I like that everything is incredibly functional. The headphone box is a carrying case with good padding, and is something that can actually be used meaningfully. A bit about the cables. There are two cables included by AudioQuest. The beefier one features AudioQuest’s proprietary technologies –high-purity Solid Perfect-Surface Copper+ in a Double Star-Quad formation. This cable passed AudioQuest’s bend testing 2,000 times. The other, apparently less sophisticated cable, is more durable, and survived over 12,000 + times. I’m not a huge fan of the way the AudioQuest cable kinks, but I’m sure it’s probably to do with the cable tech inside.
BUILD AND DESIGN
The NightHawk is a product of ambition and passion. There’s a strong sense of direction for this headphone, and this is well reflected in the various facets of its sound and design. Naturally, this section will be concerned with the latter. In introducing the headphones, a bit of design philosophy is in order –it’s rather revealing, and there certainly is lots of it. It is great that AudioQuest has taken the time to explain what it has done with the headphones, but some sections are indeed quite abstract. From a general perspective, the NightHawk was designed primarily with the goal of minimizing distortion, and delivering what I would summarize as a musical sound. AudioQuest has further described the NightHawk as an attempt to “liberate headphone design from decades of misinformation and neglect”. A bold claim, and one that I don’t think is representative of the higher-end headphone scene.
Starting with the driver, the NightHawk has employed the use of a 50mm biocellulose driver with a rubber surround. This driver is designed for low distortion and high excursion, and achieves “true pistonic motion” through its rigid properties. We’ve seen biocellulose applications before in the form of the Fostex “Biodyna” diaphragm and in the legendary Sony R10. Generally speaking, biocellulose drivers are capable of achieving high acoustic velocities, high rigidity and a fairly wide frequency band. I will mention that going into the NightHawk, I did have some expectations for how it would sound, since I was coming off the Fostex TH-900. Additionally, the NightHawk’s driver features a patented Split-Gap Motor system that provides greater control as through the extremes of the driver’s excursion. It’s good to see that this is an actual patented technology and not a “patent-pending” gimmick. Detailed thought has also gone into other aspects of the headphone, including the voice coil and vents.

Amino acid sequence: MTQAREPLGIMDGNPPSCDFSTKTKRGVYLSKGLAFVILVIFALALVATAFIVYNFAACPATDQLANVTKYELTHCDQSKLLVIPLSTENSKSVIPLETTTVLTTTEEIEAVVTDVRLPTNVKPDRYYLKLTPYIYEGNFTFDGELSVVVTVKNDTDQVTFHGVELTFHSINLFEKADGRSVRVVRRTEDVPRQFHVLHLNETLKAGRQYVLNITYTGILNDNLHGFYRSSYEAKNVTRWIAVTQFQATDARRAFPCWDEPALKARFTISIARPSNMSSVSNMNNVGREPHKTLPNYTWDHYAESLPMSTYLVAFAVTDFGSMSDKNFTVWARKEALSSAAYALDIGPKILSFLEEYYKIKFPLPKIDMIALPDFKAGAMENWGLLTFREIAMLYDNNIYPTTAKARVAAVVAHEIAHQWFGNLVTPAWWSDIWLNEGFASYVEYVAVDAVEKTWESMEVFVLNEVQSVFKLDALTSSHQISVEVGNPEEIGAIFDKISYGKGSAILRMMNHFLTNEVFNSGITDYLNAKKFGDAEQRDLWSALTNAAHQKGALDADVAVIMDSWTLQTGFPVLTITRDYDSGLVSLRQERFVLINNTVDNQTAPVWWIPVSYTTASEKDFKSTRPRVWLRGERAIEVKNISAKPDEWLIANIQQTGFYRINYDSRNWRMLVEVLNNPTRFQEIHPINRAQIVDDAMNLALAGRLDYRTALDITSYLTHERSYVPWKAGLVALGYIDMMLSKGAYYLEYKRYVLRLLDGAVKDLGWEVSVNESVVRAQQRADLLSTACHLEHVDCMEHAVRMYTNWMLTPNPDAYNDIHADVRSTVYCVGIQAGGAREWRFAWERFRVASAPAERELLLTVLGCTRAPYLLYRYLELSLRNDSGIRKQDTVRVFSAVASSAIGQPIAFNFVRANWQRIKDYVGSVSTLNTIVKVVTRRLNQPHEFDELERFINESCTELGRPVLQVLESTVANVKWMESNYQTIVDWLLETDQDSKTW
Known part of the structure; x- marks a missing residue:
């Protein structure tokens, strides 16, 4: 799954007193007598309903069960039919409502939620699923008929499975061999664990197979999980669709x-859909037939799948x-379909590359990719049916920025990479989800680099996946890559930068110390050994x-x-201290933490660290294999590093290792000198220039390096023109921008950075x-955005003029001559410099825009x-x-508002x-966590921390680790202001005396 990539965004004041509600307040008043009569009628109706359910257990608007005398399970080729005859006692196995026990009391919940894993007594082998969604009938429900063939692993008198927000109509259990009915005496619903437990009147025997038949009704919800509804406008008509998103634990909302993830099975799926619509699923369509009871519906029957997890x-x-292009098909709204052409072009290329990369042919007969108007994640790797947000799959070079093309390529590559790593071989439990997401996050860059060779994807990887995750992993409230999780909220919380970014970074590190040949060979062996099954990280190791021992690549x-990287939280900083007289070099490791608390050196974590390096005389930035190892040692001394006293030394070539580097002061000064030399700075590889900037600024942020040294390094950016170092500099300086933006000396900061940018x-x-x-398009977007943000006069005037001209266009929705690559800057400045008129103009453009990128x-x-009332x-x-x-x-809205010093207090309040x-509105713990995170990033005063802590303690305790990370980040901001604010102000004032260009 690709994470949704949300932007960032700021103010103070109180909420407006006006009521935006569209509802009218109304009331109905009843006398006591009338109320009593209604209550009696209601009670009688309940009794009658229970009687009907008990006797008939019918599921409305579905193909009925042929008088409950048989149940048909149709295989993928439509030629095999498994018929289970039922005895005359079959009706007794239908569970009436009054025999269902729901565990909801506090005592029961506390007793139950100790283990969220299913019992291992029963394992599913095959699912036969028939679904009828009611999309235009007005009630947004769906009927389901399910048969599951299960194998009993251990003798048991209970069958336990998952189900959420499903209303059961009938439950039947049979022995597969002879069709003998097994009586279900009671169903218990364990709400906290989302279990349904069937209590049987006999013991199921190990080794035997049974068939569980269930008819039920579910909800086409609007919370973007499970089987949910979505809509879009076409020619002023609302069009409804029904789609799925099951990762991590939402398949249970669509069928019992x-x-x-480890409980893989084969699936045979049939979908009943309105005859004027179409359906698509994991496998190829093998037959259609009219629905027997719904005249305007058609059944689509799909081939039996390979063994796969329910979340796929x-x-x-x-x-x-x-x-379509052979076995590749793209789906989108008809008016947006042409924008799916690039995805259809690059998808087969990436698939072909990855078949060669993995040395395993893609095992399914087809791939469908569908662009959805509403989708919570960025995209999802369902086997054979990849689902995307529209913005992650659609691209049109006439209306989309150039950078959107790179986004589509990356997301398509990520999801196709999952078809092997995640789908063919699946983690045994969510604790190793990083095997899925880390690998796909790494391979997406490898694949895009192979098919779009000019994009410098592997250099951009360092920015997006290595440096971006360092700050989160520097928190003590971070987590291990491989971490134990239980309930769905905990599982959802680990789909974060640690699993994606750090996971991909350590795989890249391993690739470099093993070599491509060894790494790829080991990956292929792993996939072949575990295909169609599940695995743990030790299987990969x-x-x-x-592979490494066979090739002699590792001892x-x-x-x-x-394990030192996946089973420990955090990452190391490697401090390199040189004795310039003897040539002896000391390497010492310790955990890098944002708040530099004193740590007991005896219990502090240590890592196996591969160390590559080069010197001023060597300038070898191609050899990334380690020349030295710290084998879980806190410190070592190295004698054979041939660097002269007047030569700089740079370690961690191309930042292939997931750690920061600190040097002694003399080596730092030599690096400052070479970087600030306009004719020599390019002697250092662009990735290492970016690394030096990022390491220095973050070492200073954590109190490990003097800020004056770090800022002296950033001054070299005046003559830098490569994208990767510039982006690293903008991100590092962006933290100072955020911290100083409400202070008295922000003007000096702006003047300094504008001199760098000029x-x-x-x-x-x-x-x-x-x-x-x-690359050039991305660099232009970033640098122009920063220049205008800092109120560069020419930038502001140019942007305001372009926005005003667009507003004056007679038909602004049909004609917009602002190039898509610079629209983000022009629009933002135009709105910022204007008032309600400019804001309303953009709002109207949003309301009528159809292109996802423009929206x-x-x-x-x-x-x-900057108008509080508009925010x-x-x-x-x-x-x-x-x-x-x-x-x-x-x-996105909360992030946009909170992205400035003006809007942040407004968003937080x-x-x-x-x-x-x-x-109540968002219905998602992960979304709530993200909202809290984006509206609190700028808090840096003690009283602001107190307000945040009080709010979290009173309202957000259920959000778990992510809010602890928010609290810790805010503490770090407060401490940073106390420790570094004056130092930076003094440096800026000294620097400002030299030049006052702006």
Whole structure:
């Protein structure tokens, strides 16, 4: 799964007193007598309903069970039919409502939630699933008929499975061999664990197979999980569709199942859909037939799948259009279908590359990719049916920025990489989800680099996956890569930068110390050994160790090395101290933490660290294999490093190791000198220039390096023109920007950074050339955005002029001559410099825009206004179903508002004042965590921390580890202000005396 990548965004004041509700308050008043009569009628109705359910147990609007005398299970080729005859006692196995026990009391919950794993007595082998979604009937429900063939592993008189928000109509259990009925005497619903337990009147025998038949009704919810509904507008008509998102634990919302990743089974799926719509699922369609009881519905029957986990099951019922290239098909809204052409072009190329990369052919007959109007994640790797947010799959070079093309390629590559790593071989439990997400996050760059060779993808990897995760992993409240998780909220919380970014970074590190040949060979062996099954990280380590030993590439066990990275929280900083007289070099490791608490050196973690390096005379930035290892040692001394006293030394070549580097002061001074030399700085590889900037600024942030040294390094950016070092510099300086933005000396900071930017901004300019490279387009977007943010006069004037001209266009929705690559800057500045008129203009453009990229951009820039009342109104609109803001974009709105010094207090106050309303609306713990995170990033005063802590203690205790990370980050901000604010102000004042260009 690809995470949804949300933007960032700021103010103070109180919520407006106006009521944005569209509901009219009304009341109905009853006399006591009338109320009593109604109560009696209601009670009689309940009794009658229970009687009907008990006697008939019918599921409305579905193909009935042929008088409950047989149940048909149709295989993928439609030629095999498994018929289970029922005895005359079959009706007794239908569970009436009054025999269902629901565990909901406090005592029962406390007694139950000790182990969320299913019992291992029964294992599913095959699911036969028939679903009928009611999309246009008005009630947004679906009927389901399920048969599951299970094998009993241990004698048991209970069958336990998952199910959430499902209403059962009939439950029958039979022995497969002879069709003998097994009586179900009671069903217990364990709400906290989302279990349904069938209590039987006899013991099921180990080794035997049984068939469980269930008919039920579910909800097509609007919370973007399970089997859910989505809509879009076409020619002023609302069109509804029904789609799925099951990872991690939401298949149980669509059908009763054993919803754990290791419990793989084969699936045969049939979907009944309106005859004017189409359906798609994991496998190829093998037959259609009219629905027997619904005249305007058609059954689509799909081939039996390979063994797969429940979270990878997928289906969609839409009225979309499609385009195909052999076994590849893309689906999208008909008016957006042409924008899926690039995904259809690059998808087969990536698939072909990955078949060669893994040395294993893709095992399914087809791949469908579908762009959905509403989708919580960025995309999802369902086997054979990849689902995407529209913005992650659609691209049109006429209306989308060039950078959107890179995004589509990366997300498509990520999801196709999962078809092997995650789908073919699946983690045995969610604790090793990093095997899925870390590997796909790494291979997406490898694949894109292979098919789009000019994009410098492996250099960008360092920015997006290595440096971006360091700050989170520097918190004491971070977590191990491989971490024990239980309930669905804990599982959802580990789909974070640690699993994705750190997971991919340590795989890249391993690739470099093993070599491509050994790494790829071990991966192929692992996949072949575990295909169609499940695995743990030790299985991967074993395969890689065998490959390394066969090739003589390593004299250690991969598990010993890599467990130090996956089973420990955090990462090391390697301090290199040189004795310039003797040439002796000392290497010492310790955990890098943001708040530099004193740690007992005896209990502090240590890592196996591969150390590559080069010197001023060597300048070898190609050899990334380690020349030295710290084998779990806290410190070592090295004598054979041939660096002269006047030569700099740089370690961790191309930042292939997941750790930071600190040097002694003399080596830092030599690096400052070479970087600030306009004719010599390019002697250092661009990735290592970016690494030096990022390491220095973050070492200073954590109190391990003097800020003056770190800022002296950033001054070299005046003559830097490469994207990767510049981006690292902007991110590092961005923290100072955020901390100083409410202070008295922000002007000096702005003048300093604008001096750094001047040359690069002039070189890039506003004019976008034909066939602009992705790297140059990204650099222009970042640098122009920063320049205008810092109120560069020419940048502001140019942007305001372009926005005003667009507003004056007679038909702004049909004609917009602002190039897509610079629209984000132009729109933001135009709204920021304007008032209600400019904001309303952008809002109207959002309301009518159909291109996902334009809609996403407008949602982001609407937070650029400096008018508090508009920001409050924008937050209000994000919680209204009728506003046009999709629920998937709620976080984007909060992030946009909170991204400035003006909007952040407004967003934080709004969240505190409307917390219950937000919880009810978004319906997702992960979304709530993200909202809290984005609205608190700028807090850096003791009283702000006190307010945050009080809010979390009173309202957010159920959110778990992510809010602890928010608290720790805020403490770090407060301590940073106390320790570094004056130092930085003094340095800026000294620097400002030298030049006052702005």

Moving on to the readily observable. One of the most striking features of the NightHawk is the liquid wood enclosure. For those unfamiliar with liquid wood, it is a bioplastic that was developed by German scientists Helmut Nägele and Jürgen Pfitzer in the 90s. Currently, it is being produced by Tecnaro (which unsurprisingly, was started by the aforementioned two) under the name of Arboform. It is this very material that is employed in the NightHawk for its acoustic properties. To further minimize resonances and vibrations, the enclosures feature internal support beams and an elastomeric coating. Damping is achieved through a combination of wool and polyester. On the semi-open part of the enclosure is the Diamond Cubic Lattice grill. In short, a 3D printed grill inspired by butterfly wings that is supposedly much more effective at diffusing sound waves than a regular grill.